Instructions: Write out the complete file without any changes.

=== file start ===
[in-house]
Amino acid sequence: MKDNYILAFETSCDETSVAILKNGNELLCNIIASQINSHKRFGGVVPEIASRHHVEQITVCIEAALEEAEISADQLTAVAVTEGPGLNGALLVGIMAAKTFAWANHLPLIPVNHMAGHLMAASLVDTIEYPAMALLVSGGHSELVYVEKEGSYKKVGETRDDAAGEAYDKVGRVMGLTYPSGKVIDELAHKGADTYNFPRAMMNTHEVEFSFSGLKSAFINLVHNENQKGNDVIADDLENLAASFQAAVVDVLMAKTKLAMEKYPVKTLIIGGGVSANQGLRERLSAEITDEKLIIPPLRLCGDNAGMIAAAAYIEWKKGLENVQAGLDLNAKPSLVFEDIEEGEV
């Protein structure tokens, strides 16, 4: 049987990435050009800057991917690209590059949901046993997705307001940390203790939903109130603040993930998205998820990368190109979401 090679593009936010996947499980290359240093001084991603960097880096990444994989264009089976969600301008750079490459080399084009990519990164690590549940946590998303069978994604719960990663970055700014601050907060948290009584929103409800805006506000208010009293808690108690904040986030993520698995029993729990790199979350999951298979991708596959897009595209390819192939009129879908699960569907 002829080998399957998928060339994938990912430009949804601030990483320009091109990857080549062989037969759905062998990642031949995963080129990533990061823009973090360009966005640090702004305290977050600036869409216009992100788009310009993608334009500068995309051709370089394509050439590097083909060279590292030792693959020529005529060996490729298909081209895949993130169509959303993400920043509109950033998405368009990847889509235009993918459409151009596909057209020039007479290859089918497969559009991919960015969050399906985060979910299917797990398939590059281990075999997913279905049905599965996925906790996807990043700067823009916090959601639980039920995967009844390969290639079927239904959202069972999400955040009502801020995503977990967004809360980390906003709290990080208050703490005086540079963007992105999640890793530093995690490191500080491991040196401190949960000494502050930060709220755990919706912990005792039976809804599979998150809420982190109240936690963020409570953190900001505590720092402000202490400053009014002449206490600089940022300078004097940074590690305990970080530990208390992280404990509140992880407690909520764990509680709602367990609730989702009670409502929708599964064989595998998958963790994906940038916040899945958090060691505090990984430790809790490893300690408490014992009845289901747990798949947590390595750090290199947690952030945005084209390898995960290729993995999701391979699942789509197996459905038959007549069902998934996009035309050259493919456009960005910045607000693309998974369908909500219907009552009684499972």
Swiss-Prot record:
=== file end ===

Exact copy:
[in-house]
Amino acid sequence: MKDNYILAFETSCDETSVAILKNGNELLCNIIASQINSHKRFGGVVPEIASRHHVEQITVCIEAALEEAEISADQLTAVAVTEGPGLNGALLVGIMAAKTFAWANHLPLIPVNHMAGHLMAASLVDTIEYPAMALLVSGGHSELVYVEKEGSYKKVGETRDDAAGEAYDKVGRVMGLTYPSGKVIDELAHKGADTYNFPRAMMNTHEVEFSFSGLKSAFINLVHNENQKGNDVIADDLENLAASFQAAVVDVLMAKTKLAMEKYPVKTLIIGGGVSANQGLRERLSAEITDEKLIIPPLRLCGDNAGMIAAAAYIEWKKGLENVQAGLDLNAKPSLVFEDIEEGEV
């Protein structure tokens, strides 16, 4: 049987990435050009800057991917690209590059949901046993997705307001940390203790939903109130603040993930998205998820990368190109979401 090679593009936010996947499980290359240093001084991603960097880096990444994989264009089976969600301008750079490459080399084009990519990164690590549940946590998303069978994604719960990663970055700014601050907060948290009584929103409800805006506000208010009293808690108690904040986030993520698995029993729990790199979350999951298979991708596959897009595209390819192939009129879908699960569907 002829080998399957998928060339994938990912430009949804601030990483320009091109990857080549062989037969759905062998990642031949995963080129990533990061823009973090360009966005640090702004305290977050600036869409216009992100788009310009993608334009500068995309051709370089394509050439590097083909060279590292030792693959020529005529060996490729298909081209895949993130169509959303993400920043509109950033998405368009990847889509235009993918459409151009596909057209020039007479290859089918497969559009991919960015969050399906985060979910299917797990398939590059281990075999997913279905049905599965996925906790996807990043700067823009916090959601639980039920995967009844390969290639079927239904959202069972999400955040009502801020995503977990967004809360980390906003709290990080208050703490005086540079963007992105999640890793530093995690490191500080491991040196401190949960000494502050930060709220755990919706912990005792039976809804599979998150809420982190109240936690963020409570953190900001505590720092402000202490400053009014002449206490600089940022300078004097940074590690305990970080530990208390992280404990509140992880407690909520764990509680709602367990609730989702009670409502929708599964064989595998998958963790994906940038916040899945958090060691505090990984430790809790490893300690408490014992009845289901747990798949947590390595750090290199947690952030945005084209390898995960290729993995999701391979699942789509197996459905038959007549069902998934996009035309050259493919456009960005910045607000693309998974369908909500219907009552009684499972």
Swiss-Prot record: